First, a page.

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Research looking at prospects to improve beef ageing process

by Beef Central, 11 October 2017
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BEFORE a steak hits your dinner plate it is aged to improve tenderness, but a new research project is examining whether the process can be done more efficiently.

Charles Sturt University Masters student Ashleigh Kilgannon is seeking local taste testers to be part of her research with NSW Department of Primary Industries examining research into the impact of different chilled storage temperatures on aging performance for beef.

CSU Masters student Ashleigh Kilgannon is seeking local taste testers to be part of her research examining the impact of different chilled storage temperatures on aging for beef.

“We’re investigating whether we can reduce the ageing times for beef products, without compromising food safety, eating quality or nutritive value,” Ms Kilgannon said.

Depending on the cut, MSA-graded beef products are often aged for 5-14 days – sometimes longer –  to improve the eating quality and the research project is examining whether chiller temperatures can be manipulated to accelerate that ageing process.

“Reduced ageing times would mean products reach consumers in a shorter time frame, reducing inventory and potentially delivering savings to processors and retailers,” Ms Kilgannon said.

“But it’s necessary to ensure that food safety is not compromised and that consumers are still getting a tasty and nutritious product. Our work involves ageing beef loins at varying temperatures for varying times, with many of the samples undergoing a temperature change partway through their allocated ageing time.”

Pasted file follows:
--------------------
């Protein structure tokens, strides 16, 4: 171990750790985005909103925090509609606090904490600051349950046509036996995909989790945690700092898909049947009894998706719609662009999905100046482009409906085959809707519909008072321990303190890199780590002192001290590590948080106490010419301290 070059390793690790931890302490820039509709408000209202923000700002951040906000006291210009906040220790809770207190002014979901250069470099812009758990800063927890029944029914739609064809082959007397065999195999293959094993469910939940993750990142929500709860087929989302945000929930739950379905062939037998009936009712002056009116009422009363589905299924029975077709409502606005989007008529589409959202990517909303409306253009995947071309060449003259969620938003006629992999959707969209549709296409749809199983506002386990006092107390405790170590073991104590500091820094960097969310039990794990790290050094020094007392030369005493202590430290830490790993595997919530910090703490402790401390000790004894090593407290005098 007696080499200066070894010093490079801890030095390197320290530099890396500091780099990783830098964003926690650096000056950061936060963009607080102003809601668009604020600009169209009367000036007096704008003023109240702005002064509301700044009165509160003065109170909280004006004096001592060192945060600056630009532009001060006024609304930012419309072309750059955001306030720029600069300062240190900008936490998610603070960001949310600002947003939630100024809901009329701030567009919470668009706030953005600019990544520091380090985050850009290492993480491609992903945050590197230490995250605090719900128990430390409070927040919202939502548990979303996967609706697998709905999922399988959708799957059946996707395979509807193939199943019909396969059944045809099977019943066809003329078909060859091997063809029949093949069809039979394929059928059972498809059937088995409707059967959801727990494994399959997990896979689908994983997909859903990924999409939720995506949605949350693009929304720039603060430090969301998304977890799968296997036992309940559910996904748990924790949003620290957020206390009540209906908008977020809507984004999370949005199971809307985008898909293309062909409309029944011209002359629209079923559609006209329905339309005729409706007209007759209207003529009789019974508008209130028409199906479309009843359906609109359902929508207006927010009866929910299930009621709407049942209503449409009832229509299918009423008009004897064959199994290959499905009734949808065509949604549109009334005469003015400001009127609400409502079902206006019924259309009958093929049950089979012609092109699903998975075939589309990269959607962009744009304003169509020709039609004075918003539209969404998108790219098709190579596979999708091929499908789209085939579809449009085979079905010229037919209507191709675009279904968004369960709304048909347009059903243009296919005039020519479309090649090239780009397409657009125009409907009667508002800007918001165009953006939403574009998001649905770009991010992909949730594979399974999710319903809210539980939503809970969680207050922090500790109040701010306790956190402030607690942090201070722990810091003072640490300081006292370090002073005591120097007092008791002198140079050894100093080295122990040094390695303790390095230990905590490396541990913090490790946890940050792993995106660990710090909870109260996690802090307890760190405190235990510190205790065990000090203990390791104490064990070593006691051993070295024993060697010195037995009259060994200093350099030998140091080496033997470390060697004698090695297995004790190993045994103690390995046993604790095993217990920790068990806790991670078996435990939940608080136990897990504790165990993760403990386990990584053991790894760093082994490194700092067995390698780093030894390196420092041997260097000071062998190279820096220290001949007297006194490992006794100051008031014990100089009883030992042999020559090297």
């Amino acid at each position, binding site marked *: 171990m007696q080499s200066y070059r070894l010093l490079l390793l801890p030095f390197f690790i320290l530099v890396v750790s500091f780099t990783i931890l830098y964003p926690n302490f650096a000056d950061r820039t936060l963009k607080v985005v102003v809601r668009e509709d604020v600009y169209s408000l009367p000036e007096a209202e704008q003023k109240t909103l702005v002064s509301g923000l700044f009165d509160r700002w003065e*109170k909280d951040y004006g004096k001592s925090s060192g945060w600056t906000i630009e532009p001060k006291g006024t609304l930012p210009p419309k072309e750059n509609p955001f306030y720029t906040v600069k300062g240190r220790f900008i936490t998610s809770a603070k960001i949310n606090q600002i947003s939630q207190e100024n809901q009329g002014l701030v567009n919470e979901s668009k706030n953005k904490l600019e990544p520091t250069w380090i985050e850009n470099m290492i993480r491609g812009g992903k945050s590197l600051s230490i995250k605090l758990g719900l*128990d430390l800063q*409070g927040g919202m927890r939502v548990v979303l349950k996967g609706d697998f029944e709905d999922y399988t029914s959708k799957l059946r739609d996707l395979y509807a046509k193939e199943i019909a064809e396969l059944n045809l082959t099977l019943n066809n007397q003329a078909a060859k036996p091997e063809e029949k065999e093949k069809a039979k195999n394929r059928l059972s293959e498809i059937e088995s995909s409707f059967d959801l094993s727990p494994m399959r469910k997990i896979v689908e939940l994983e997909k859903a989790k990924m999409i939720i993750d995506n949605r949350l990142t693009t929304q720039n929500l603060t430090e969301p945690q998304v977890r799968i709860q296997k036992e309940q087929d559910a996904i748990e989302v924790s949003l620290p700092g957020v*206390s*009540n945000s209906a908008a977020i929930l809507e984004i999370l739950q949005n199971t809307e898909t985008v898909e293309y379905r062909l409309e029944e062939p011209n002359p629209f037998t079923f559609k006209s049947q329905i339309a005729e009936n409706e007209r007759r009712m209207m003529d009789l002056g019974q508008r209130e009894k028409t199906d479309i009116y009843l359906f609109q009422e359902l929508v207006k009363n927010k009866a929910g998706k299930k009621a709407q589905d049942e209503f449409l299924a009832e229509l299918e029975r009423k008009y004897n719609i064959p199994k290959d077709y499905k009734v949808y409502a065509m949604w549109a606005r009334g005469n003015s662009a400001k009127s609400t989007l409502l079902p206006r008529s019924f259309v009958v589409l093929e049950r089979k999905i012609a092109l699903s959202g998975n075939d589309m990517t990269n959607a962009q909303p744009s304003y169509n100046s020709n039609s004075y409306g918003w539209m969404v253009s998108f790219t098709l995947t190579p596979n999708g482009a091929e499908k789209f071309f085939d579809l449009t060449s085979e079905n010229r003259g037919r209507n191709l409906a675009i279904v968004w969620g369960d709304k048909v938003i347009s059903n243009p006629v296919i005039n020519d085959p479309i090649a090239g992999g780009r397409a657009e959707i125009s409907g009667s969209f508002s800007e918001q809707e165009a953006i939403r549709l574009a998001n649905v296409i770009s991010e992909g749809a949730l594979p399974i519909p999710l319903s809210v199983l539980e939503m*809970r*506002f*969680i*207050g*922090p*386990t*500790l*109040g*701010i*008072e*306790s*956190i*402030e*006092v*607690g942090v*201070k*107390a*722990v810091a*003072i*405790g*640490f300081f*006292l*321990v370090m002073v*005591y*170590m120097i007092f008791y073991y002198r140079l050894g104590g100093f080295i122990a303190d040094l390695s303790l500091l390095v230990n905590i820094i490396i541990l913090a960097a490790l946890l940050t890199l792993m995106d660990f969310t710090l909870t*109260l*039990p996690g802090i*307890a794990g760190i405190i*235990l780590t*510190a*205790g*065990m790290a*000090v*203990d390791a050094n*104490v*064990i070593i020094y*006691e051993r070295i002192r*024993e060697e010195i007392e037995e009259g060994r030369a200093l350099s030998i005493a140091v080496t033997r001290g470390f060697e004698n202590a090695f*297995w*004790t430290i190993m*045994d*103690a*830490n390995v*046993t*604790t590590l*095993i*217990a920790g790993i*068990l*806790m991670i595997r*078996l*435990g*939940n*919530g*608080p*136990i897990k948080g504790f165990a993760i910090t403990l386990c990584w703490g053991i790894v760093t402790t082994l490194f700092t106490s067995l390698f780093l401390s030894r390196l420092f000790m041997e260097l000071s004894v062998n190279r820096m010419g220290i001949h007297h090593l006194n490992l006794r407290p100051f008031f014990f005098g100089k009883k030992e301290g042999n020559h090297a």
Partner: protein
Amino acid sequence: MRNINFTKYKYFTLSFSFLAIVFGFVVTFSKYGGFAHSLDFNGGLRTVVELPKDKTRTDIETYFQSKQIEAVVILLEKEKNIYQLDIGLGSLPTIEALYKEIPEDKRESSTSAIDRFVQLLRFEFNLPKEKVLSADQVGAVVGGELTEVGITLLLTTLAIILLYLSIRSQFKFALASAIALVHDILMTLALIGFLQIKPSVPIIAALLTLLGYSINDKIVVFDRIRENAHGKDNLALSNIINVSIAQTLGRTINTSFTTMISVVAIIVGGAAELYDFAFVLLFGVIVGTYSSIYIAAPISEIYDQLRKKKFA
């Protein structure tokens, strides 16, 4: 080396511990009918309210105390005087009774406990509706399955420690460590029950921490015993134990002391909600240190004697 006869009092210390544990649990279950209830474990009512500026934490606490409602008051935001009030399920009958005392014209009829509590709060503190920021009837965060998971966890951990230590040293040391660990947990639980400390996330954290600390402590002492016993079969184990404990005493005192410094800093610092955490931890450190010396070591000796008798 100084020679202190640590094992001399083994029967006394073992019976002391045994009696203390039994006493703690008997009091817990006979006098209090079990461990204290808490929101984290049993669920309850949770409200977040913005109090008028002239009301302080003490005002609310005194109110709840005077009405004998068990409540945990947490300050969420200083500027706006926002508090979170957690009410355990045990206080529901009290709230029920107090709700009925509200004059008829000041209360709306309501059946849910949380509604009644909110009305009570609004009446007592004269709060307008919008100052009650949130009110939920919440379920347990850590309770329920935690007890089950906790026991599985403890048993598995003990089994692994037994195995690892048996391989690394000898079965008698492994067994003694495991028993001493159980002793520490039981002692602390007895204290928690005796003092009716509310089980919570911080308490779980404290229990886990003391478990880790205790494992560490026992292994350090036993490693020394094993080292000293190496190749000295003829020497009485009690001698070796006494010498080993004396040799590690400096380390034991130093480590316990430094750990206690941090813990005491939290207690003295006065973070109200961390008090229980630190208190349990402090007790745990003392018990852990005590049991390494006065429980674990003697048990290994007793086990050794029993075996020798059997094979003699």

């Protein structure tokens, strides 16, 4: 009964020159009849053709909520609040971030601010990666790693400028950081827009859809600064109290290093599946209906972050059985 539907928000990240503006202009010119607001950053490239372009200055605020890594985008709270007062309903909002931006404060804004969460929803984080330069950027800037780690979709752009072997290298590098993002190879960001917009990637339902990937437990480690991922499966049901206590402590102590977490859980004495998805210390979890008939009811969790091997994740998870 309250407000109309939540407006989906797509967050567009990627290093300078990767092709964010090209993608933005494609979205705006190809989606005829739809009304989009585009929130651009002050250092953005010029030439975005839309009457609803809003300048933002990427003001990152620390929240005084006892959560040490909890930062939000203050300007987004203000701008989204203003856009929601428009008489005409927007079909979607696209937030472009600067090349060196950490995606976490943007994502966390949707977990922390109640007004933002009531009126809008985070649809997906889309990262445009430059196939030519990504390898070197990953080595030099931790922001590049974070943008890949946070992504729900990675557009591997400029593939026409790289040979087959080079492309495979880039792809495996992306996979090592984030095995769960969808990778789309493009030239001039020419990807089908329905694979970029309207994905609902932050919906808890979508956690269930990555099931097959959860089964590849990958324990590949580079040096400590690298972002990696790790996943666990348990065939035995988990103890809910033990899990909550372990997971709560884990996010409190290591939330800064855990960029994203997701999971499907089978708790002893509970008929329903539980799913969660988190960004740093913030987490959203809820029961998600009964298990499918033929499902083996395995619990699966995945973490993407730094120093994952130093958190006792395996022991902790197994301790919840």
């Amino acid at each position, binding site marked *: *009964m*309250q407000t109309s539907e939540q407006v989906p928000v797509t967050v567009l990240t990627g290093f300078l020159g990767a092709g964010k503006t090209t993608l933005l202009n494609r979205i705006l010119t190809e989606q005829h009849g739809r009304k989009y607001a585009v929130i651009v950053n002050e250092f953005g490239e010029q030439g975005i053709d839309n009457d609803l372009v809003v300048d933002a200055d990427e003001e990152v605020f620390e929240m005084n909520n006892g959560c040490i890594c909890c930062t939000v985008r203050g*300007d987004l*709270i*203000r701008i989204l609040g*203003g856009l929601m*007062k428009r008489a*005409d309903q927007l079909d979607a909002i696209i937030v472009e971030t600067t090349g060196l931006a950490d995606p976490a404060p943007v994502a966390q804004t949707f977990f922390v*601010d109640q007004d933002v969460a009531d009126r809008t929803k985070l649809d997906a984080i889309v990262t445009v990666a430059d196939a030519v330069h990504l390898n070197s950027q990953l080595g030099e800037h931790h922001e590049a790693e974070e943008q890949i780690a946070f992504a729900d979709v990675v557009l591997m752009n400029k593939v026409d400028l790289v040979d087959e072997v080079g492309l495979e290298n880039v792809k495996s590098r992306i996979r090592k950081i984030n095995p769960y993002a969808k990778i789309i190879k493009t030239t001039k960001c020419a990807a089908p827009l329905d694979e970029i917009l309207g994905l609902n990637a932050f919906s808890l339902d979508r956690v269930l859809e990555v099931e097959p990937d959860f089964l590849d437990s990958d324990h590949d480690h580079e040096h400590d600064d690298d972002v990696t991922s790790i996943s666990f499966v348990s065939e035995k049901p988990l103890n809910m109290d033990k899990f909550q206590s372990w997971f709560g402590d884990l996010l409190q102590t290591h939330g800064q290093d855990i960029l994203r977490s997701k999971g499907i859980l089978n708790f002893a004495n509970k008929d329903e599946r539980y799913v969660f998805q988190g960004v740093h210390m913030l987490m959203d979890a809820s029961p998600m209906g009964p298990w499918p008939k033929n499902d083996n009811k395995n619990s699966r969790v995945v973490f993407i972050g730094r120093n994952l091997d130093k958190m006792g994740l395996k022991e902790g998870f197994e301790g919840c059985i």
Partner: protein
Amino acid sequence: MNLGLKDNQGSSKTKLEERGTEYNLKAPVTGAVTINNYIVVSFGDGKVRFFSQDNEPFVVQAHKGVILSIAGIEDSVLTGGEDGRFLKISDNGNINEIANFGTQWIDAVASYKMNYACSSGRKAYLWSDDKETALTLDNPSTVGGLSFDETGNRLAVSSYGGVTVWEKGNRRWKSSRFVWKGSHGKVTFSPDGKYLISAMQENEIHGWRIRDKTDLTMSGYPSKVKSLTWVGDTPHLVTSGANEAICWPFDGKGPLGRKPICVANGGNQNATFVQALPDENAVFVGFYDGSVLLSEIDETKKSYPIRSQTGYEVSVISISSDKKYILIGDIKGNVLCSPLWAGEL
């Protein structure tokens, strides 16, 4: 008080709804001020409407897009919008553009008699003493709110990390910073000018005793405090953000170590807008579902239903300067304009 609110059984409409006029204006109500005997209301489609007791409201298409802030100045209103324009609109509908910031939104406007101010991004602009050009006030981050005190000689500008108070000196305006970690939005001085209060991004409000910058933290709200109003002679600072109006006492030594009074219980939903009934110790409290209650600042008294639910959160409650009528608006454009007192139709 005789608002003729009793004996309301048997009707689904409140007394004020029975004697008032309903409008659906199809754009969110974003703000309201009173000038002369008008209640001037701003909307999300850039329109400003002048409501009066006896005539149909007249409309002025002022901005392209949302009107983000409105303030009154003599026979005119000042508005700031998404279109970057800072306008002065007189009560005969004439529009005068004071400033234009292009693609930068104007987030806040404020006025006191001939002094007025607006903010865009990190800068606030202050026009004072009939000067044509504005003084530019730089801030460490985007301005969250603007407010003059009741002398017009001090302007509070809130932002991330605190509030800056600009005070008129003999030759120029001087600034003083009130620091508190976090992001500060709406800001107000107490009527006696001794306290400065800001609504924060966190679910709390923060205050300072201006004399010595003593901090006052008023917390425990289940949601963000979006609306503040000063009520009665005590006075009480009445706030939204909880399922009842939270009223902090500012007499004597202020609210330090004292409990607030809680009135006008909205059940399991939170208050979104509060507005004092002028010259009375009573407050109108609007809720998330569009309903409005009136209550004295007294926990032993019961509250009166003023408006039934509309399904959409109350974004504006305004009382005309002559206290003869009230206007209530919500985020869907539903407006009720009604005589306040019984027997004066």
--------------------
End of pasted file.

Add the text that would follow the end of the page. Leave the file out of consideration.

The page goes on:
The beef products will be put a panel of taste testers across regional NSW during October at consumer sensory analysis sessions in Wagga, Dubbo, Orange and Cowra.

The research, through CSU’s Graham Centre for Agricultural Innovation, is funded by the Australian Meat Processor Corporation.

The eating quality of each sample will be measured in the laboratory, correlated with results from consumer taste tests for the meat’s flavour, texture and tenderness.

Ms Kilgannon is supervised by NSW DPI senior principal research scientist, Dr David Hopkins, and research scientist Dr Ben Holman and Professors of Food Engineering John Mawson and Michael Campbell from CSU.

People are invited to take part in the consumer sensory analysis sessions being held in:

  • Wagga Wagga from Monday 9 to Thursday 12 Oct
  • Dubbo on Monday 16 October
  • Orange on Tuesday 17 October
  • Bathurst Wednesday 18 October, and
  • Cowra on Thursday 19 October.

To register contact Ms Kilgannon via email ashleigh.kilgannon@dpi.nsw.gov.au

 

 



Reader's Comments


Comment
  • Jack Randles October 11, 2017

    Ageing beef in Australia in most commercial retail cases is to vacuum package the the bone in or out primal cut using a system of exhausting the air out of a special plastic bag in which the cut has been placed, sealing the shrunk bag & placing in a chiller set at a temperature just above freezing. Then held over a time period in which the meat cut is said to age & improve eating capability.
    Sometimes this works & sometimes it does’nt.
    Experience shows the shop butcher for consistant soft eating quality in a retail situation he buys “Baby Beef”. Young steer beef not more than nine months of age. This beef assures him no complaints of tough beef from his customers.

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